The EU’s foreign and security policy chief, Josep Borrell, discussed details of the civilian mission in a phone call with Foreign Minister Ararat Mirzoyan. Borrell briefed him on “the ongoing technical preparations for the deployment” and reaffirmed “the EU’s full commitment to contributing to de-escalation between both countries,” according to an EU readout of the call.
One of Mirzoyan’s deputies, Paruyr Hovannisian, said that over the next few days the advance team of about a dozen experts will tour various Armenian border areas to determine the locations where the EU monitors will be stationed.
A diplomatic source in Brussels told RFE/RL’s Armenian Service earlier that the monitoring mission will number up to 50 members.
“The 27 Member States have acted rapidly to respond to Armenia's request,” tweeted Toivo Klaar, the EU’s special envoy to the South Caucasus. “The aim of the EU deployment will be to monitor the situation and support Armenia-Azerbaijan stabilization on the ground.”
An agreement on the deployment was reached on October 6 by Armenian Prime Minister Nikol Pashinian, Azerbaijani President Ilham Aliyev, French President Emmanuel Macron and the EU’s top official, Charles Michel, at a meeting in Prague.
Macron said after the meeting that that the EU mission will seek to “build confidence” and facilitate the work of an Armenian-Azerbaijani commission on delimiting the long border where heavy fighting left at least 290 soldiers dead last month.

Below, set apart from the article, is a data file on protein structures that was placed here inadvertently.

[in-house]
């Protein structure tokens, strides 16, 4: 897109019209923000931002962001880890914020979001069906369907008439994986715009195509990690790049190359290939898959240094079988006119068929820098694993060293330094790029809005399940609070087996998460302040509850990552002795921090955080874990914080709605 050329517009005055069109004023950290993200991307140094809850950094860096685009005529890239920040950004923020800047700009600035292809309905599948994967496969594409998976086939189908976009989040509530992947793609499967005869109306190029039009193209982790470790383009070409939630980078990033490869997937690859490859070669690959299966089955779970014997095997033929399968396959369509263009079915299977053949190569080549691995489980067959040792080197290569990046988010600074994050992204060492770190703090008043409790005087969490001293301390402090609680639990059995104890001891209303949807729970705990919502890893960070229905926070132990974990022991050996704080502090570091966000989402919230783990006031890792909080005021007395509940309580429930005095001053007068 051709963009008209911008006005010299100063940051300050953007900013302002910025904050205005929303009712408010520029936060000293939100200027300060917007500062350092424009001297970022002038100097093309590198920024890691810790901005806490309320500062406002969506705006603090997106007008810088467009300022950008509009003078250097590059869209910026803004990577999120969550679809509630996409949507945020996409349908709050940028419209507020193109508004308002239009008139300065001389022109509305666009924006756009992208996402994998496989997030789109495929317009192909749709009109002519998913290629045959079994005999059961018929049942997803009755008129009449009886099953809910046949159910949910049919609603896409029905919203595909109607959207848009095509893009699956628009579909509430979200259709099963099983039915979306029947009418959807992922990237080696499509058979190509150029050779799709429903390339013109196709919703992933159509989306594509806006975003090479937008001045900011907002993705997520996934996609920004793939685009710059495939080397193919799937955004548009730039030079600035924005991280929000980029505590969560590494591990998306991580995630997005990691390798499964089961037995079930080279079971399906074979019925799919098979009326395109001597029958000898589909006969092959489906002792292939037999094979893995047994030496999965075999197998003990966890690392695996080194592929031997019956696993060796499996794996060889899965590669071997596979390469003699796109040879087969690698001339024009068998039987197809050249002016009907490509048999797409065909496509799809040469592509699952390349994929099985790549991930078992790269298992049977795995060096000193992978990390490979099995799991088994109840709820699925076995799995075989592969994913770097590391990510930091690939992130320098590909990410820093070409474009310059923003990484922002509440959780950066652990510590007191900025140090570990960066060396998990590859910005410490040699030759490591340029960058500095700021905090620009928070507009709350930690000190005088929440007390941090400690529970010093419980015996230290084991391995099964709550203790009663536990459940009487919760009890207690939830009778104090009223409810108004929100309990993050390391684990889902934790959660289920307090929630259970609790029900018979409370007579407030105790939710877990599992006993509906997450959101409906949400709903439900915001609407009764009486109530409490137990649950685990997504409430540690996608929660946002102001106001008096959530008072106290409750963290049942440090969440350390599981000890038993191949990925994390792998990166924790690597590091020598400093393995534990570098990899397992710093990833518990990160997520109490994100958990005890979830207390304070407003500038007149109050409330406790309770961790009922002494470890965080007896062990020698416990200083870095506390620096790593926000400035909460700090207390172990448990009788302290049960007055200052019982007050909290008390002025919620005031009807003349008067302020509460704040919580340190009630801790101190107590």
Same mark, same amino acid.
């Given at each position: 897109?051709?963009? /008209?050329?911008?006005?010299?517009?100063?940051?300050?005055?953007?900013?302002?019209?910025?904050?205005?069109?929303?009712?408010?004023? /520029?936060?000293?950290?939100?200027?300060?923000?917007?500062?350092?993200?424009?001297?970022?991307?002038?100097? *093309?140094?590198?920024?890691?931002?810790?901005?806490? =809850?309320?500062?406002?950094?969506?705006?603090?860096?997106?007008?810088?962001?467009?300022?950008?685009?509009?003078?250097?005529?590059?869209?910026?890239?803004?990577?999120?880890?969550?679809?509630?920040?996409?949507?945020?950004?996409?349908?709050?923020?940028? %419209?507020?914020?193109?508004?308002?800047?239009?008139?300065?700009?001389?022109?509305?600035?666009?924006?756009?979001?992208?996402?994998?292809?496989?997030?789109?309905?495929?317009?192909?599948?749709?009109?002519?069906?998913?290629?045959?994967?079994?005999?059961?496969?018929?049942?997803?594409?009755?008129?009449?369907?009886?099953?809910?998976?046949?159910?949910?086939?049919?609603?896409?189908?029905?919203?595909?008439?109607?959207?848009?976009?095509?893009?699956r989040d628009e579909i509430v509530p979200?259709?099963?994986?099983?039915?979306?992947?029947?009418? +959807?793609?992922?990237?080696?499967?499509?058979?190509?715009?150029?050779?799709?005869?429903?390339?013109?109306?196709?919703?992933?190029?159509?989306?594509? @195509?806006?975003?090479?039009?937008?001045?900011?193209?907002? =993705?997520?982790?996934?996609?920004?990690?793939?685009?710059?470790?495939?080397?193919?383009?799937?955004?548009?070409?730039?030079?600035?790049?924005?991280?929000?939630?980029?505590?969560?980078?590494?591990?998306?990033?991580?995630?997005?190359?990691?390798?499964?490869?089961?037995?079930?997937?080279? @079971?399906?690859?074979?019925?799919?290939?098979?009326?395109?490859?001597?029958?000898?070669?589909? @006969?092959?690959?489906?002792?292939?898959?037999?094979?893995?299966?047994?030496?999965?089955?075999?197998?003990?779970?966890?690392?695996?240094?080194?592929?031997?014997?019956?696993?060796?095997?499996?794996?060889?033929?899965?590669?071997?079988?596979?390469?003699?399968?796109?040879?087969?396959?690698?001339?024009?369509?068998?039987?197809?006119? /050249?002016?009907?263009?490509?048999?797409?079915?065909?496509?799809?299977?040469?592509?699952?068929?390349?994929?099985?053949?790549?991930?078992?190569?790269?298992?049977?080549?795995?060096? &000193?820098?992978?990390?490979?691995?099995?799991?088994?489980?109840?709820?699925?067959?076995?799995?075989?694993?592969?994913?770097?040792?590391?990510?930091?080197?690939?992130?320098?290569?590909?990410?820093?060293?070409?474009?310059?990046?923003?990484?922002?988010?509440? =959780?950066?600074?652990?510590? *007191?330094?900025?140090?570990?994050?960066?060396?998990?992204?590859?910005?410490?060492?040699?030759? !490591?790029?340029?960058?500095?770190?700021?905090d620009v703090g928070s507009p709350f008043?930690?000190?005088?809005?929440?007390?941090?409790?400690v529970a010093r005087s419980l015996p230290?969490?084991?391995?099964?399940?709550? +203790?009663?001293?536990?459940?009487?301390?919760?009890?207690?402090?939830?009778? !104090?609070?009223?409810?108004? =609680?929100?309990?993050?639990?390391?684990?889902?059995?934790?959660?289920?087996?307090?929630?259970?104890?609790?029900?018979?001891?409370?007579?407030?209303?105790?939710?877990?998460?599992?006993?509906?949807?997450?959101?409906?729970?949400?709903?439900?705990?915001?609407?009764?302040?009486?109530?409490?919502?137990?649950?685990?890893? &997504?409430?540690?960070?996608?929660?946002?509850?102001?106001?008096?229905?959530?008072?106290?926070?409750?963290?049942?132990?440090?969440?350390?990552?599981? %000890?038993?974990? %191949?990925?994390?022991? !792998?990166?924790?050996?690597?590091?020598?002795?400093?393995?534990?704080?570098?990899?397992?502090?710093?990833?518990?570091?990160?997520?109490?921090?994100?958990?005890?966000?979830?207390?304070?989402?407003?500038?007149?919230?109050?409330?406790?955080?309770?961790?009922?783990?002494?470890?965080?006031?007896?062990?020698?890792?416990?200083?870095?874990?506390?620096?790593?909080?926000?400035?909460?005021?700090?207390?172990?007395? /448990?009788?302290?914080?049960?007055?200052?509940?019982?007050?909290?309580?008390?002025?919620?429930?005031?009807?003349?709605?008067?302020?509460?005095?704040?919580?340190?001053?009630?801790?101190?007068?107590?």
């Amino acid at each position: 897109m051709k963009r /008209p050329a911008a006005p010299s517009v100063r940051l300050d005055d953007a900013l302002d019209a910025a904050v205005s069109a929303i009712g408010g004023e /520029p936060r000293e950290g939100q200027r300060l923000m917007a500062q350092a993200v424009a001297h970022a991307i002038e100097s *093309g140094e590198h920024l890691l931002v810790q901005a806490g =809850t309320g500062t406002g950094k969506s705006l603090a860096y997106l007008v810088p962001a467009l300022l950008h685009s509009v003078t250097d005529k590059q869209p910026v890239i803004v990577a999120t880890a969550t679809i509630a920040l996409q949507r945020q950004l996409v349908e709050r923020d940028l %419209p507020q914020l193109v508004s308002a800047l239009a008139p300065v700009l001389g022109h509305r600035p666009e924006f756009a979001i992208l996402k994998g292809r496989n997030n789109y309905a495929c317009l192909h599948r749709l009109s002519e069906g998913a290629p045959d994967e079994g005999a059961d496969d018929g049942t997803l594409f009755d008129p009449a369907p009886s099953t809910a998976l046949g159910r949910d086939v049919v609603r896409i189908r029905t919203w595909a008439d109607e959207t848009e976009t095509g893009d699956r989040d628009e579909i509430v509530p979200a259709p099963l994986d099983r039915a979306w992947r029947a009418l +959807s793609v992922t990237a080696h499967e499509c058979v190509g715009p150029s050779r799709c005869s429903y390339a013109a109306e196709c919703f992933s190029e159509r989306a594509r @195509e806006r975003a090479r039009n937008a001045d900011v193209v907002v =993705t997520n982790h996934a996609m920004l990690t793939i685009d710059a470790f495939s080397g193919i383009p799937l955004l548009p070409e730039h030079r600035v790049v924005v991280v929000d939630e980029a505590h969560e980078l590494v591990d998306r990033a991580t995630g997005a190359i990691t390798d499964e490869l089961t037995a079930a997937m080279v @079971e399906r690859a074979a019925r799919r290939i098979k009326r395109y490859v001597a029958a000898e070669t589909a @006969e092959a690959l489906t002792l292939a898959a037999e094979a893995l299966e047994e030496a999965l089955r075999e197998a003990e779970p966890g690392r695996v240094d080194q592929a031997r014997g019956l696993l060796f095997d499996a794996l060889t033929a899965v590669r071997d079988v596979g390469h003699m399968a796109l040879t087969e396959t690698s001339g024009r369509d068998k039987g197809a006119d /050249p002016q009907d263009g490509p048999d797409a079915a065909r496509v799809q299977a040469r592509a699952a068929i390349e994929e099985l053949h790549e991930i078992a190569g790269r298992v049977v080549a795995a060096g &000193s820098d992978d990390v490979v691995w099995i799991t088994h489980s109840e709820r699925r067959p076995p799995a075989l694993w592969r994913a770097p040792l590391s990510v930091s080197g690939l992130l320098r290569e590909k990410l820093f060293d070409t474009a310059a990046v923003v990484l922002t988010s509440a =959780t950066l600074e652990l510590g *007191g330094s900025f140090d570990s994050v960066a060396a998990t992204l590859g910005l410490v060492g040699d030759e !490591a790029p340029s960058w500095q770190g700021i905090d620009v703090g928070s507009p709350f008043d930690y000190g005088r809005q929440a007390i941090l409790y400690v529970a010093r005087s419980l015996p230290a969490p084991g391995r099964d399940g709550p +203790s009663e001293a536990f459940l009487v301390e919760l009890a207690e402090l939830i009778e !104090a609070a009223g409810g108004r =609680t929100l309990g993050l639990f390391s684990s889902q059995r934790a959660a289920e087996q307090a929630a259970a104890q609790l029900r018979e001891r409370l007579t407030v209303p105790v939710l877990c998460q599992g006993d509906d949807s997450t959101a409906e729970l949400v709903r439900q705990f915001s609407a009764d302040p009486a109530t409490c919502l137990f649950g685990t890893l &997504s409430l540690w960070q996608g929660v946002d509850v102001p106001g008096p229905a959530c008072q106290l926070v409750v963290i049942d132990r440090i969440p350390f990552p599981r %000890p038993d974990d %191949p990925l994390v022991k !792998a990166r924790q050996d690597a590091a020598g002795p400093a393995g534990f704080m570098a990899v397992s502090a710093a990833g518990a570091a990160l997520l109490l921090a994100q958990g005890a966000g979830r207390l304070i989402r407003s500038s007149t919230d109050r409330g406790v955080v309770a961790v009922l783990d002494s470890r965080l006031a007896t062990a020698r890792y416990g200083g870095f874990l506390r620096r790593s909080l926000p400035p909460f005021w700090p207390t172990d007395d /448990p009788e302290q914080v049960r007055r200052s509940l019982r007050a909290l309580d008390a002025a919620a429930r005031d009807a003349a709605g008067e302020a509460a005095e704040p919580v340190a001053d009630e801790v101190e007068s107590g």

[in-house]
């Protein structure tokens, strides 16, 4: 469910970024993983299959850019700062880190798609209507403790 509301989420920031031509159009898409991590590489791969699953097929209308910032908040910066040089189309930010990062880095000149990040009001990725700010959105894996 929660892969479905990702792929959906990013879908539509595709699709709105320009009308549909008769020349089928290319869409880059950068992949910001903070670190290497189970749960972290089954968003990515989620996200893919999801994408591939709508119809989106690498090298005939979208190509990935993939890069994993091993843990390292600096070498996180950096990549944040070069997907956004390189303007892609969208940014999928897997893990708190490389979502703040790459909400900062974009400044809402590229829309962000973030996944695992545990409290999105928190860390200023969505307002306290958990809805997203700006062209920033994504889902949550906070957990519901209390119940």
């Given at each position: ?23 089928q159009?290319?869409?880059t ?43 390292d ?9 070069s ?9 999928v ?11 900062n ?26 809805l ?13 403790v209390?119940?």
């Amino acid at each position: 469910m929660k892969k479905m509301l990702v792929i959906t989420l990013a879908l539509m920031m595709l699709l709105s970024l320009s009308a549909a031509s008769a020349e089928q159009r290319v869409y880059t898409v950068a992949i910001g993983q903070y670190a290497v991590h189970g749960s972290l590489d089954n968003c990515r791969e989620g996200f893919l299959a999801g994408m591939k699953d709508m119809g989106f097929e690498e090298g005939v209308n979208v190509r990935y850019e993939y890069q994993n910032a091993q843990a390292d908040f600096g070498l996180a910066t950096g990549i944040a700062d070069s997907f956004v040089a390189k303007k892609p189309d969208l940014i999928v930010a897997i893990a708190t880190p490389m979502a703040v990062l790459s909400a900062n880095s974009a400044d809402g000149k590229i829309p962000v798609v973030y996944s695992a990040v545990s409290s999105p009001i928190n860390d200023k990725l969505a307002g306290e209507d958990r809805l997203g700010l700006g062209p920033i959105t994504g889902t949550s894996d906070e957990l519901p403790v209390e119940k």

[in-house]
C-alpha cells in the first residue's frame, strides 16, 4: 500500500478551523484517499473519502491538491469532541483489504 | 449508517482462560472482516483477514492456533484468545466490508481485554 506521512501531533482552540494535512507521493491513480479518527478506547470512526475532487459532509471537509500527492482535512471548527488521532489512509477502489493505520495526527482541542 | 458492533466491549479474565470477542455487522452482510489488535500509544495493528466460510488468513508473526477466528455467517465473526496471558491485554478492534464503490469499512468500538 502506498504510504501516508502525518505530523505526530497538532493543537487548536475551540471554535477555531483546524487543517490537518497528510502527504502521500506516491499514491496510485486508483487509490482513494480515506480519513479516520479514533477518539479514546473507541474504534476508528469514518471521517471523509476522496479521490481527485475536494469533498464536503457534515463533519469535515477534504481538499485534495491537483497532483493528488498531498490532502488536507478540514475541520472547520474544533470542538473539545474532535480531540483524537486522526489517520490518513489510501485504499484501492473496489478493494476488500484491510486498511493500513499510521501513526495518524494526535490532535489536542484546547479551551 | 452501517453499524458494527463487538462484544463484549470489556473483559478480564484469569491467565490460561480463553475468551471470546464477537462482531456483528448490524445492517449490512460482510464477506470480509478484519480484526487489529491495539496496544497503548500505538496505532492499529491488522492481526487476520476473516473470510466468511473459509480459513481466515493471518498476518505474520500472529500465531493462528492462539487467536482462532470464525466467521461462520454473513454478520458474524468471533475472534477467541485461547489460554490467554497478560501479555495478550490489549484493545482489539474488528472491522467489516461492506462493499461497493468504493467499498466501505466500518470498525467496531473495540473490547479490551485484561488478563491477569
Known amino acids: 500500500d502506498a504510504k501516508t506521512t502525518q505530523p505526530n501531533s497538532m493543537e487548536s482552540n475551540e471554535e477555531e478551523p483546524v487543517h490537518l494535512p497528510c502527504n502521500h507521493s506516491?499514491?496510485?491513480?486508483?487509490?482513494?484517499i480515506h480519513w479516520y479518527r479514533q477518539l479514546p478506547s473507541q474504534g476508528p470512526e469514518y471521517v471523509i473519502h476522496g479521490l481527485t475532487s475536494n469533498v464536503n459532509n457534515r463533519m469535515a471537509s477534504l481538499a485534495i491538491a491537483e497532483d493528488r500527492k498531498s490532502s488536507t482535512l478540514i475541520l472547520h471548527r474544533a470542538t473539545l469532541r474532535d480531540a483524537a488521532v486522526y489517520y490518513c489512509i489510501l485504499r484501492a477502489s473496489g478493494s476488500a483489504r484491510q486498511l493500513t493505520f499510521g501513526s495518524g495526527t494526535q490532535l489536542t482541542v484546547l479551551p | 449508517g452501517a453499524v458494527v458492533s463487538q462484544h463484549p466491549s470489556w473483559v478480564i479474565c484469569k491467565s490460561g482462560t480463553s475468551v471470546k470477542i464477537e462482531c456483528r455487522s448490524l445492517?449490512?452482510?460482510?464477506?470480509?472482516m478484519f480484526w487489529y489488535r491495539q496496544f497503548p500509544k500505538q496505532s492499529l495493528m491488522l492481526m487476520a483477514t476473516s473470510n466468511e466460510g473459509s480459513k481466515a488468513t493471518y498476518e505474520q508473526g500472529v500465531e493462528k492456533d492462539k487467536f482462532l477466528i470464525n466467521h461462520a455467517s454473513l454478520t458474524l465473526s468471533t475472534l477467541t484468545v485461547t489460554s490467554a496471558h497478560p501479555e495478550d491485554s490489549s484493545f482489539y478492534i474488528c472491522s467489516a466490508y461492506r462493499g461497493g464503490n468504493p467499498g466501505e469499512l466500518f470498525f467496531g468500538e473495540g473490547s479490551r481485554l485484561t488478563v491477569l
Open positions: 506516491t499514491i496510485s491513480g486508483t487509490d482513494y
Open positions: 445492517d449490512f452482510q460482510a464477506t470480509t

“The mission will start in October for a maximum of two months,” read an EU statement issued on October 7. It said that Azerbaijan “agreed to cooperate with this mission as far as it is concerned.”
Aliyev said on Friday that he rejected at Prague a proposal to deploy EU observers on the Azerbaijani side of the frontier as well.
On Wednesday, Russia’s Foreign Minister Sergei Lavrov revealed that the Russian-led Collective Security Treaty Organization (CSTO) also stands ready to send border monitors to Armenia.
In a thinly veiled rebuke to Yerevan, Lavrov said that the CSTO secretariat in Moscow proposed such a deployment about a month ago but that Armenia, the current holder of the alliance’s rotating presidency, has still not acted on the offer.
Armenian parliament speaker Alen Simonian on Friday responded by pointing to Russia’s failure to provide military assistance to Armenia requested hours after Azerbaijani forces launched offensive military operations on the border on September 13.
“OK, let’s suppose that there is some truth to that statement,” Simonian told reporters. “But where is [Russia’s] reply to us in accordance with the Russian-Armenian treaty [on mutual defense?”
Simonian, who visited Moscow earlier this month, at the same time welcomed the proposed CSTO deployment.